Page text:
Wednesday, January 30, 2008

Gaming Renewable Energy

The business culture in the United States overwhelmingly touts the virtues of a free market economy, but in practice what we have is a corporate nanny state (closely related to the conservative nanny state). This is particularly the case when it comes to power generation. The rules of the game, especially when it comes to renewable energy, are skewed in favor of the power utilities to the expense of the individual.

In a biting Truthout article, Renwables From the Bottom Up, Craig Morris compares the situation in Germany (where individual and small-scale renewable energy is thriving) to the United States (where net metering and other schemes limit the participation of the public). The profits of the utilities are assured, while the ability of small-scale producers to get a fair market value for energy they put back into the grid is restricted. Some free market...

In this article, Morris says:

Utilities also like net-metering because it imposes an artificial cap on the size of systems. In other words, it keeps the competition small. If your meter runs backward for the year, you may not even get the full retail rate for the excess power you produced, if you get anything. So if you conserve electricity at home, make sure you do not put too many panels on your roof lest you get nothing for your investment.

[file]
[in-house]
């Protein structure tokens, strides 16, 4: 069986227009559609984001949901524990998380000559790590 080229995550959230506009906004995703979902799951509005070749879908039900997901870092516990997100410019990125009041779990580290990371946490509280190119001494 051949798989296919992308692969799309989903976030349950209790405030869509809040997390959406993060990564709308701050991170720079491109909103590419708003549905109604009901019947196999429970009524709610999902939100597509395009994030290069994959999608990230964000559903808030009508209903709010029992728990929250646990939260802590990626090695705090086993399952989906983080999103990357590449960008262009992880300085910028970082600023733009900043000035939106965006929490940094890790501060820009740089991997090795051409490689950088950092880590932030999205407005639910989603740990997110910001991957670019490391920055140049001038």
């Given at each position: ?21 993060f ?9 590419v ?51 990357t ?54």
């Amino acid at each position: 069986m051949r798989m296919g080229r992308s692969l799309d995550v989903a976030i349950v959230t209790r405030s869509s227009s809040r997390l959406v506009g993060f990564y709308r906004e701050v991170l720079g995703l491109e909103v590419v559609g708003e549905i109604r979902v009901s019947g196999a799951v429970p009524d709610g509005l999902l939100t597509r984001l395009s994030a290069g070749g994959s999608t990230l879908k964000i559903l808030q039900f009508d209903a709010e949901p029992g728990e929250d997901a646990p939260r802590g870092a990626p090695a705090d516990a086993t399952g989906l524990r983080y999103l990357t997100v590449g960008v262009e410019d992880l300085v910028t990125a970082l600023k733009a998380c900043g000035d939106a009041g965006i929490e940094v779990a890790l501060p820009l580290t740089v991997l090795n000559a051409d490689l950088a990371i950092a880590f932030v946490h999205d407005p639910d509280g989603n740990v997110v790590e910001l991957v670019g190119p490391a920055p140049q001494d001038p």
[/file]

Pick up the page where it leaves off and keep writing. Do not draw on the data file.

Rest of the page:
No wonder solar is moving slowly in the US. What we need is fair competition between energy providers and citizens - as cloudy Germany has. As a result of different legislation, Germans are not only the world leader in wind power, but also in solar, and their biomass sector grew by 55 percent in 2006. They don't use net-metering for solar or a tax credit for wind as we do. Rather, the secret to their success is that they empower citizens to compete with utilities eye-to-eye.

Remember deregulation? Where we failed, Germany succeeded. Since 1999, Germany's electricity and gas markets have been "liberalized," i.e. open for competition not only between corporations, but between corporations and citizens. Retail rates have remained stable, not skyrocketed, and there have been no rolling brownouts. On the contrary, Germany has only around 20-30 minutes of power outages on average each year - among the lowest blackout figures in the world. Renewables now make up 13 percent of the country's electricity supply - and this share is rising by around two percent per annum.

The German system does not pander to the vested interests of powerful utilities. Rather, utilities have to pay citizens a "minimum price" (floor price) set by the government for renewable power. The price is based on what power from a typical renewables generator would cost (cost of system divided by probable output); the retail rate on which net-metering is based is irrelevant here. Germans need only make sure that their systems are well designed and properly installed to turn a profit on their investments.

We desperately need to change our energy production policies to counter the rising spectre of global warming, but it's not an easy thing to do when somebody at the top is gaming the system.